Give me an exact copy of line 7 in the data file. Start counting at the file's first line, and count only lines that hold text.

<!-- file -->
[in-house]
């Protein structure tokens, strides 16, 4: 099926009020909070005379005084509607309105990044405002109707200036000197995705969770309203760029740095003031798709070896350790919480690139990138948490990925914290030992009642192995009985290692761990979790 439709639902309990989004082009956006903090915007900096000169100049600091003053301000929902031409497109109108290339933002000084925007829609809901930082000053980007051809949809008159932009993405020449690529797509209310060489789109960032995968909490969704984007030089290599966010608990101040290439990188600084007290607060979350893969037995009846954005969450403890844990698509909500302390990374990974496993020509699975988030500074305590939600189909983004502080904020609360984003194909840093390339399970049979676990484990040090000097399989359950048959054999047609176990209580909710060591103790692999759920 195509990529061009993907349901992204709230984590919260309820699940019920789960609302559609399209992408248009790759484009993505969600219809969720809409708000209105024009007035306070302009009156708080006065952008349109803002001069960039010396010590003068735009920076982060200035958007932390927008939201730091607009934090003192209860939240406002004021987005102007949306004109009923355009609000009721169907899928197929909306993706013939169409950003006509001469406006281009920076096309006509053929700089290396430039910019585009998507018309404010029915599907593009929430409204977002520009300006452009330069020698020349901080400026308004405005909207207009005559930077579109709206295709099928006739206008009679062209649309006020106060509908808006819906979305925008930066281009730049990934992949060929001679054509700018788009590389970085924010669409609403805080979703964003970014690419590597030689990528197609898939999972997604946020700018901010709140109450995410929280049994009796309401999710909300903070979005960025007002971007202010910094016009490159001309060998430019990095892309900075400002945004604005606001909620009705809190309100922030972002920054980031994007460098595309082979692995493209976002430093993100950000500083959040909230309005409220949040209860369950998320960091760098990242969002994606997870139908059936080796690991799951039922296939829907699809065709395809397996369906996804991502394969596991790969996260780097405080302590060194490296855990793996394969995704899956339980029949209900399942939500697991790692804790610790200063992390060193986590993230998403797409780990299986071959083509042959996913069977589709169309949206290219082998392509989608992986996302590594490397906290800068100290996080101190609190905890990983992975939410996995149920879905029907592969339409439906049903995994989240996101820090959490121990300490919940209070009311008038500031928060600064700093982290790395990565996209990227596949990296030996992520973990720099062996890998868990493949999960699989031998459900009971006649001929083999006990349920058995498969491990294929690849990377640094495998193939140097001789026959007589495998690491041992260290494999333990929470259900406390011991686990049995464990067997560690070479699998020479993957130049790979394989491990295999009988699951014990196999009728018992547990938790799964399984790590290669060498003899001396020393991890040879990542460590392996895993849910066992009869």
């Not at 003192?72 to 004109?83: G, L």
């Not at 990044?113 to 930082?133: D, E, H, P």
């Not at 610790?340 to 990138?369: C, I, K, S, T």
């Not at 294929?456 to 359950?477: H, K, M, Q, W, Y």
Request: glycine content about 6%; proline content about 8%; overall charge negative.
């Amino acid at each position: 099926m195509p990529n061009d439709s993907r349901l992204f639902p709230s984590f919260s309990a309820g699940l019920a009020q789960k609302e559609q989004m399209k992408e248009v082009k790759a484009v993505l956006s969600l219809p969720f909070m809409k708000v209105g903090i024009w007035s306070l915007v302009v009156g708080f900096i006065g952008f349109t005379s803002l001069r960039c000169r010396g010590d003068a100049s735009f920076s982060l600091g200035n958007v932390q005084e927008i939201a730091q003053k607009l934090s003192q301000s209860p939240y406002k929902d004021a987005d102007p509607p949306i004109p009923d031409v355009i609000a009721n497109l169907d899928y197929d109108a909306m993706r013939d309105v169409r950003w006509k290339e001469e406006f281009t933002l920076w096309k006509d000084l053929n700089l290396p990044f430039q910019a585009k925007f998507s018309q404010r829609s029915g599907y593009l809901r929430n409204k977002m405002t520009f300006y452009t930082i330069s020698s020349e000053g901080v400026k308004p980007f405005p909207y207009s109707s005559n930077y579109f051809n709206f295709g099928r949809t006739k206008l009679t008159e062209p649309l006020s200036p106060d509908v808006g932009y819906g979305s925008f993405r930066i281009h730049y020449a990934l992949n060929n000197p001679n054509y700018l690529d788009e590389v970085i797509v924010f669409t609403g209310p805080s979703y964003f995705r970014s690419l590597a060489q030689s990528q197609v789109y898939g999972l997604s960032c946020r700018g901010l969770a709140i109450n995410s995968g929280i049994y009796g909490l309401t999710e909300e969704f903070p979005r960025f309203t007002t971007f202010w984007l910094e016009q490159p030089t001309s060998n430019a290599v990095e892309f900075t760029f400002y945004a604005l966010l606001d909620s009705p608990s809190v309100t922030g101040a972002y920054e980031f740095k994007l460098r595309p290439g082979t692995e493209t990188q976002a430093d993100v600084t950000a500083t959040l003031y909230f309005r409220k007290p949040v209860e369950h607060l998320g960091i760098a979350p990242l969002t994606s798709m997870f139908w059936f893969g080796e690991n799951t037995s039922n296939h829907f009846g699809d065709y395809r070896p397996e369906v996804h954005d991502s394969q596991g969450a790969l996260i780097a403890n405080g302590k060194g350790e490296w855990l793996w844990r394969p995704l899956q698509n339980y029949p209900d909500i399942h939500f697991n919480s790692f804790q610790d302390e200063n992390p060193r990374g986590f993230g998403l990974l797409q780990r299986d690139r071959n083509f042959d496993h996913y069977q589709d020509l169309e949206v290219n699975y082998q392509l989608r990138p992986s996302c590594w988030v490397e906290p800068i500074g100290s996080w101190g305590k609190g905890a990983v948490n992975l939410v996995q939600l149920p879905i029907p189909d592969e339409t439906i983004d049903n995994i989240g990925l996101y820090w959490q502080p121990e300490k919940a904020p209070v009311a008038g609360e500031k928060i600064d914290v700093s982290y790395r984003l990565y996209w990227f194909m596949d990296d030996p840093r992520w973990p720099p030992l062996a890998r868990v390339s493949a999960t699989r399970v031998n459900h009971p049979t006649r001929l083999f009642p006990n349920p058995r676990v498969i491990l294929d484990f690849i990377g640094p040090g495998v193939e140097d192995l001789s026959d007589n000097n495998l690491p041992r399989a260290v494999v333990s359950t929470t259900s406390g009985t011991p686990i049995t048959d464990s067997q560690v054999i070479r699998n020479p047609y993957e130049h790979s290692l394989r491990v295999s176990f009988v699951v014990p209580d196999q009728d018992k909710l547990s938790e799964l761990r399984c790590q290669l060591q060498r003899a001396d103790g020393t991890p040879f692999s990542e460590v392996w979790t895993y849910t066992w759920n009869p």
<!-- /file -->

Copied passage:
Request: glycine content about 6%; proline content about 8%; overall charge negative.